Next up, Final Fantasy VII descends unexpectedly into Scum and Villainy with a side helping of burlesque. I will also attempt to explain the Mysterious Voice in Cloud’s Head.
But first, we need to meet the third corner of Cloud’s pointy little love triangle. Whom I love, despite Squeenix dropping heaps of overhype on her tombstone. Did I mention this walkthrough would have spoilers?
Which brings me to the most difficult and challenging, thorny and complex issue of this entire game. No, it’s not Cloti versus Clerith, which sounds like dueling nasal sprays. This issue is much more challenging, and has riven fandom to the core…
Aerith or Aeris?
The naming of cats is a difficult matter, and reams of pixels have been spillt over this debate. I’d been waffling about what to call her in this playthrough for weeks beforehand. A Tumblr poll showed that at least most of my readership shares my preference. Here’s the deal.
- Aeris is the name in the original English release of FFVII that many fans grew up with.
- エアリス (Earisu) is her name in the original Japanese release that more fans grew up with.
- Which shows what happens when a native Japanese speaker tackles a soft English -th sound. It turns into -su or –ss, depending on whether the speaker feels like confusing dumb westerners like me by swallowing the -u. Nan des[u] ka? (“WTF?”)
- Which means that Earisu is actually a Japanese rendering of English “Earth.” Earth/Cloud, Yuna/Tidus, Terra/Celes (See, it’s canon!)
- However, more recent games spell her name Aerith in English, presumably an anglicization of “Earisu.”
- But here’s what Aerith sounds like in those games in Japanese. (And Sephiroth sounds like “Sefirosssss!”)
- I assume that Final Fantasy characters are actually speaking Japanese, just as Star Wars characters magically speak English. So I incline towards the “Heiress” pronunciation with or without the –u.
- Accidental bilingual pun: Greek Eris is the goddess of troublemaking (dischord), which appeals to me because it punctures the “demure, virginal innocent” mischaracterization of this earthy, irreverent, grew-up-in-the-slums flower girl.
Also, the name “Waffles” was already taken.So I went with Aeris.
However, before Cloud can meet her, he needs another Cloud Hears Voices moment.
“Now you’ve graduated to falling off exploding 20 story nuclear reactors
and getting impaled a gazillion times by the same damned sword,” Mysterious Voice reminisces. Cloud engages in a brief back-and-forth with it, trying to figure out who the heck is chirping at him. “Neener,” it says, in keeping with Final Fantasy secrets in the first act. “Wakey wakey!” (or words to that effect).
Confusingly, a second voice butts in with blue dialog boxes. (I guess the blue means it’s out loud, i.e. in the waking world.)
I will never not read “Oh, it moved!” as innuendo, thanks to this translator’s unfortunate tendency to mix up English pronouns.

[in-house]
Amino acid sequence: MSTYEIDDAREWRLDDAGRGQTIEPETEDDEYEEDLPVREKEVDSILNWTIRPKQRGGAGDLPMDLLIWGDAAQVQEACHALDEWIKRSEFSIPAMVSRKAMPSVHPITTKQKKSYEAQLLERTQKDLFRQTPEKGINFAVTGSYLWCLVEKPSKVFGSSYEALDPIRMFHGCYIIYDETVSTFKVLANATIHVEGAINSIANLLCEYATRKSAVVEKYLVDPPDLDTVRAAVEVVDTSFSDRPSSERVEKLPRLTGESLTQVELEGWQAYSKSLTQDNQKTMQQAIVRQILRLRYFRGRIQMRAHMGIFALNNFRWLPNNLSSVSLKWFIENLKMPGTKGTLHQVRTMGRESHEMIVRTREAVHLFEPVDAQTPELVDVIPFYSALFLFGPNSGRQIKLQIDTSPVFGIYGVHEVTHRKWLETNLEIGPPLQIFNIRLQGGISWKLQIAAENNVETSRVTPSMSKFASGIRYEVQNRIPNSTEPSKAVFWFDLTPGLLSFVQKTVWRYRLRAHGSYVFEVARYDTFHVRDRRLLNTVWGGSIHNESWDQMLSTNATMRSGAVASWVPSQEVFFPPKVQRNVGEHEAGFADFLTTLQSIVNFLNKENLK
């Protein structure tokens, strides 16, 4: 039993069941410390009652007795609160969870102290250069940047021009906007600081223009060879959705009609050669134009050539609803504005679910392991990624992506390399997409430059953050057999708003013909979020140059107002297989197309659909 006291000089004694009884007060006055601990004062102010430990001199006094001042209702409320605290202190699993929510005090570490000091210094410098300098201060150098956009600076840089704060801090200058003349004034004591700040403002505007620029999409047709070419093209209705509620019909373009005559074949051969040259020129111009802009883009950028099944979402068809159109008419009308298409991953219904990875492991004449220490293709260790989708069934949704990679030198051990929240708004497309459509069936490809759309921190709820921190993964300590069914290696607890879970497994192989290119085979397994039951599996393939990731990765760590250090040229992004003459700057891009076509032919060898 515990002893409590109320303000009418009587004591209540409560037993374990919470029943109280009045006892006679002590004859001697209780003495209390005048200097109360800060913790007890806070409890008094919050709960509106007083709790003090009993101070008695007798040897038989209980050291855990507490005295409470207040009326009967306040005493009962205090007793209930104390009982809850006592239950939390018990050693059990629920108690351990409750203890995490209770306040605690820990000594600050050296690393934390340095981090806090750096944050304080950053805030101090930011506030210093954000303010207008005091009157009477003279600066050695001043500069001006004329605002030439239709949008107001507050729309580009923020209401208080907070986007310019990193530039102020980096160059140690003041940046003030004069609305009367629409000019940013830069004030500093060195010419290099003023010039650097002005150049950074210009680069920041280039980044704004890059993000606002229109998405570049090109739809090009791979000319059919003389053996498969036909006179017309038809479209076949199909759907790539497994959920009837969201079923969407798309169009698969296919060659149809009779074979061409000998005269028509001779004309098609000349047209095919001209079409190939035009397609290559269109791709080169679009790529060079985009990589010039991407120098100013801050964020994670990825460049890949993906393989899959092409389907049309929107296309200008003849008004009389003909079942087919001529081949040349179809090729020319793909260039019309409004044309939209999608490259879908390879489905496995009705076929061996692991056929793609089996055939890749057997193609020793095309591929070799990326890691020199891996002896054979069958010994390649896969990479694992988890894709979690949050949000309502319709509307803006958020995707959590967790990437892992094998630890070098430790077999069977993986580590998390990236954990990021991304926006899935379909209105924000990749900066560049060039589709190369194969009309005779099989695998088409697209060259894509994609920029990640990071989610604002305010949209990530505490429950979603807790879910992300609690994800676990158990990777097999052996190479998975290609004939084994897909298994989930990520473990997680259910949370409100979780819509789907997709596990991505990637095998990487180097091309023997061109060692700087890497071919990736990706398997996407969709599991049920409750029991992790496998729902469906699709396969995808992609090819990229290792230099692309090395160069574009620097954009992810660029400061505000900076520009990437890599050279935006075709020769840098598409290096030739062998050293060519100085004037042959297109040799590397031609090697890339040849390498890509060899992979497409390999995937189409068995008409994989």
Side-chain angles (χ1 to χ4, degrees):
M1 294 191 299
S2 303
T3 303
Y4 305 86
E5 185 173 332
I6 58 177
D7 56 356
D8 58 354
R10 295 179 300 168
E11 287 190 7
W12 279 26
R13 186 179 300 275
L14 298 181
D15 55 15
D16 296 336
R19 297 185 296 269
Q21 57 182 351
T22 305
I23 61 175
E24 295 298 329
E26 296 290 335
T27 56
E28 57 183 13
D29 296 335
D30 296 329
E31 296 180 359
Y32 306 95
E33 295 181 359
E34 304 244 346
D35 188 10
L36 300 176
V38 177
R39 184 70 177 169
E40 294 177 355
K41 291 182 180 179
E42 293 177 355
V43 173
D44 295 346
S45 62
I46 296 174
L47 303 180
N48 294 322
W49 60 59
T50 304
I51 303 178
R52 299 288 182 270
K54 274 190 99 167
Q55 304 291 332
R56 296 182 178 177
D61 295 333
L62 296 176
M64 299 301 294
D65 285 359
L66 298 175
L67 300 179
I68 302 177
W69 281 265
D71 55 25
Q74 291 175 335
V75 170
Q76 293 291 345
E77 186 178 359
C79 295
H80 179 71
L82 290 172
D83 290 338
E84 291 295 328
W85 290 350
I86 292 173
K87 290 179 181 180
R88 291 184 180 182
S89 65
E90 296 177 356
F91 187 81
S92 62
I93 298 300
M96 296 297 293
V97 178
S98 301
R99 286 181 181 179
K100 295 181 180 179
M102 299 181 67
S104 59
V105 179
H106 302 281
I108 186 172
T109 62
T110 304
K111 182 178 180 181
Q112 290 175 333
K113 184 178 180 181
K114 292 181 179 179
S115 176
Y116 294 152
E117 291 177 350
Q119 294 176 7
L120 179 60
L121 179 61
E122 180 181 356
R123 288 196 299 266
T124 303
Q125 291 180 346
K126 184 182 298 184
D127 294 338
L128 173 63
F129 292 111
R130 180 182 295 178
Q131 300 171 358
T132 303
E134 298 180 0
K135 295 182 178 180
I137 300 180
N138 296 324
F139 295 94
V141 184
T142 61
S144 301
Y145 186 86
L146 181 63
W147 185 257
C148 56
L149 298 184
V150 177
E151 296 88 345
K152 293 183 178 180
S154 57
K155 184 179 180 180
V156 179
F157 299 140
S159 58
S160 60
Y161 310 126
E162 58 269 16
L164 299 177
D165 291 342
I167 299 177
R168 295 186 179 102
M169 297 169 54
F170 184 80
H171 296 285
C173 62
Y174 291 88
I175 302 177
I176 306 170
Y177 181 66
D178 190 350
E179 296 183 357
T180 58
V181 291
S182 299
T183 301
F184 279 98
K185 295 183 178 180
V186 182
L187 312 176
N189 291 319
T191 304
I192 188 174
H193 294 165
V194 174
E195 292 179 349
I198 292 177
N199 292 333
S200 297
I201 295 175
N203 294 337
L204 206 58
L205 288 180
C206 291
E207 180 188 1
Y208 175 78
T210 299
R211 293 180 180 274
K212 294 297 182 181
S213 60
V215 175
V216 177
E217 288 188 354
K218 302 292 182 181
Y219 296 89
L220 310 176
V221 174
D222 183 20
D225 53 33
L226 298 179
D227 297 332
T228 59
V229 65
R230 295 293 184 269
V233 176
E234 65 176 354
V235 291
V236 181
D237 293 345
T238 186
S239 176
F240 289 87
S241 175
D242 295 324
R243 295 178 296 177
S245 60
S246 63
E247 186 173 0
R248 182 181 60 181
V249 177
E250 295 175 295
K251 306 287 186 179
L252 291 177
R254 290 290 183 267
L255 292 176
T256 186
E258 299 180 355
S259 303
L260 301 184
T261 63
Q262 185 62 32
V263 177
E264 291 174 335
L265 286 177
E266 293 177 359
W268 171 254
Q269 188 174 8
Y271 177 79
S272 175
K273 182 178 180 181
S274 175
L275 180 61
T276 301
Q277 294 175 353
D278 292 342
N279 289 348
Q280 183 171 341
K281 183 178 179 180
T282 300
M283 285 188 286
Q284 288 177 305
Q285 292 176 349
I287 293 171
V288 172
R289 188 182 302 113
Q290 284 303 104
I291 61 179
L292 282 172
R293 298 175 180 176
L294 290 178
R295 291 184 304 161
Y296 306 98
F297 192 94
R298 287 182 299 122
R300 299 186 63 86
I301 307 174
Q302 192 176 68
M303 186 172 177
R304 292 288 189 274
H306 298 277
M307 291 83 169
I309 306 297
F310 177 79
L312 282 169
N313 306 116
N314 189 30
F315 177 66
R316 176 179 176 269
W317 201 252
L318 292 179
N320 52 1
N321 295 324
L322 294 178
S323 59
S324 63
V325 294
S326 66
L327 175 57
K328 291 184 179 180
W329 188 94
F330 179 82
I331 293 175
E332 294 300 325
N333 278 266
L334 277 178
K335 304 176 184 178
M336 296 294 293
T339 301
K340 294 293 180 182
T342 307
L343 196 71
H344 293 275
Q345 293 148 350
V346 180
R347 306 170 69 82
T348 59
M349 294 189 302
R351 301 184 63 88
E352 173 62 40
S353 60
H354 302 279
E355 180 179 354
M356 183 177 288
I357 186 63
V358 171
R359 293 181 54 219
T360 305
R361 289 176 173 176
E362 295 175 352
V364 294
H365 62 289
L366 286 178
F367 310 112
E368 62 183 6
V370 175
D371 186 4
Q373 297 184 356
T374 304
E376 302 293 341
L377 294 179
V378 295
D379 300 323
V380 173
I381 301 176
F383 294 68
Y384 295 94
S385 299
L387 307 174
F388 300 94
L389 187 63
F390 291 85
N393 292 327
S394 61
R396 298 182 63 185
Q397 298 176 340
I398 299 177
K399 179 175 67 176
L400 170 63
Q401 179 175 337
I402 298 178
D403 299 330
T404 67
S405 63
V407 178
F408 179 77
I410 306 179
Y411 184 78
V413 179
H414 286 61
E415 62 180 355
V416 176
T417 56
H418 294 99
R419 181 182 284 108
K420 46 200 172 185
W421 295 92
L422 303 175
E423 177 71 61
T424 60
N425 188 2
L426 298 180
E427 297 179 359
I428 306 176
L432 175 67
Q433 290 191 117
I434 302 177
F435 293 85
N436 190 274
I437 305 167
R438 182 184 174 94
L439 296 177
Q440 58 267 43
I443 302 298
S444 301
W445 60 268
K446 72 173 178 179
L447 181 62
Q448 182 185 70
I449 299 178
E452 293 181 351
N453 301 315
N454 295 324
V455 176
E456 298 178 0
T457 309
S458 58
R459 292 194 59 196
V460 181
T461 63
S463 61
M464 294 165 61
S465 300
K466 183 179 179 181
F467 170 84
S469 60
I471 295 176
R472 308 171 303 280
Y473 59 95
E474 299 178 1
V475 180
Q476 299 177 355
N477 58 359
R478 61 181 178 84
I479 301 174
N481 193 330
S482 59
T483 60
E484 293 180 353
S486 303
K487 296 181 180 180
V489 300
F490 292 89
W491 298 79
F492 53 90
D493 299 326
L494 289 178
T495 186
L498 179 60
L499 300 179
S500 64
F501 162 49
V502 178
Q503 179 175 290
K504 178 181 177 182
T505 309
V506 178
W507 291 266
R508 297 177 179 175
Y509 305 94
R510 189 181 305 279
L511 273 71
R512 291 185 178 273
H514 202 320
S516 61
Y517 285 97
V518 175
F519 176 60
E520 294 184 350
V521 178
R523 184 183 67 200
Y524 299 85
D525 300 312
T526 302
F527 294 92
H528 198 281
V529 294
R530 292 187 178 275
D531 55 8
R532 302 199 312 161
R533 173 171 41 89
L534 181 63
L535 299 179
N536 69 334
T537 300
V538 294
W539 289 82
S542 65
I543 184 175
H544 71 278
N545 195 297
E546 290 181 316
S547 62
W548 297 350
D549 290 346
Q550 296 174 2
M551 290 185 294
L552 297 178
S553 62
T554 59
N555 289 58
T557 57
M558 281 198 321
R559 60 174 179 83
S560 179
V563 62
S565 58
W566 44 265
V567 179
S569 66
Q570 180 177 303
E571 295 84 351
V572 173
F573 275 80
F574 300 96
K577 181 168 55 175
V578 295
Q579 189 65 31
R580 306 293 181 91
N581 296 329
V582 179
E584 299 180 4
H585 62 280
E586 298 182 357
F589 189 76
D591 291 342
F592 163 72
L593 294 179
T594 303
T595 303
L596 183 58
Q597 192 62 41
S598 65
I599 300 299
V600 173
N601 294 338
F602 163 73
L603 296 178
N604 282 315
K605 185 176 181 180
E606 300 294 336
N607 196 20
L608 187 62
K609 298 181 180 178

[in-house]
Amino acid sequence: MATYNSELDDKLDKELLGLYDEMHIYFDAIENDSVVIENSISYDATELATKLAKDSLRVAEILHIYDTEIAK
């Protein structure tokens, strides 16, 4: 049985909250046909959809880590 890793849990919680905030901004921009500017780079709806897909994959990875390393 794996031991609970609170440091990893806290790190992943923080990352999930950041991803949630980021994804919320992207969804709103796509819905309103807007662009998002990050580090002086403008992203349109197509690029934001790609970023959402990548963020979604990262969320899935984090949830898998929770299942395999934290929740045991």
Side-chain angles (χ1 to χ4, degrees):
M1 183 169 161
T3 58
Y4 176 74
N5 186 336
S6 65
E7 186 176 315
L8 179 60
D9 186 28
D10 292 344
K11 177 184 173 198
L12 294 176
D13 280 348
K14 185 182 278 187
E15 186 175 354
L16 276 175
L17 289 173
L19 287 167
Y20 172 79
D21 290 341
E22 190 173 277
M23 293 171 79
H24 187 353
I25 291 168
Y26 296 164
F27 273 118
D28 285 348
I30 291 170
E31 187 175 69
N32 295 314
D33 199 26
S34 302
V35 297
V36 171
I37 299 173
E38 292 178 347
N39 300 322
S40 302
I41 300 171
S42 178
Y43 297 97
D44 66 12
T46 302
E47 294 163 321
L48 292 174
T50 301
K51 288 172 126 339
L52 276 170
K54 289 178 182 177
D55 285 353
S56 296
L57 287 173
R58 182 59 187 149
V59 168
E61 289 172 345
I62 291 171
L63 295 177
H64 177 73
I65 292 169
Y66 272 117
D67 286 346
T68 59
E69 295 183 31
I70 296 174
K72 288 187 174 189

I used to think the second voice was the flowers talking, but I think it’s actually Aeris talking to herself (“Oh, he moved!”) and then addressing Cloud (“Hello hello!”) The Crisis Core scene that’s a deliberate echo of this one shows Zack waking up to Aeris’ “Mosh mooosh!” (Hello hello!)
I’ve notice that FFVII likes to distract us with a Famous and Memorable scene or dramatic action after each Cloud Hears Voices moment, blurring our recollection of them so that it’s harder to piece together their scattered clues. Yes, this game is playing with our memories, as well.
Rise and shine, Bubby!
“Aerith’s Theme” triggers nostalgia for me, even though FFVII isn’t my main fandom.
There’s the usual “are you okay?” ceremony, and then Aeris explains that this is a Church in the Sector 5 slums.
Wait….the building fell on her? So is she a good witch, or a bad witch? Nevermind, the translator is having he/it pronoun issues again.
Cloud apologizes for falling on her flowers, which she said helped break his fall. Thank goodness for anime physics.
So far, FF7’s environments have been a shabby montage of urban grunge, graffiti, heavy industry and piles of scrap metal as if we never left Kefka’s Junkyard Castle. Now, suddenly, FLOWERS. And LIGHT! The contrast makes this whole scene feel more magical and backs up Aeris’ claim that flowers and grass don’t grow anywhere else in Midgar (not quite true, as we’ll see shortly).
The church intrigues me: Aeris says it’s a sacred space, but I think she’s denying her own influence. On the other hand, I keep seeing an ongoing tension in many FFs between the Shinto/animist notion of kami, nature spirits and elemental energies, versus organized religious institutions and dogma (Notable exception: Ivalice). Here, it looks like the kami of the place is breaking through the floorboards of a Christian-ish church — an abandoned church, at that, where organized religion has disappeared, but a few locals still make personal pilgrimages. I don’t know quite what to make of it, but even the primitive graphics convey a sense of wonder.
However, FF7 won’t let me get all metaphysical for long. When Aeris asks if he remembers her…
Again with the middle finger to censorship. I wish I had time to play through and see all the game’s ‘bad’ responses.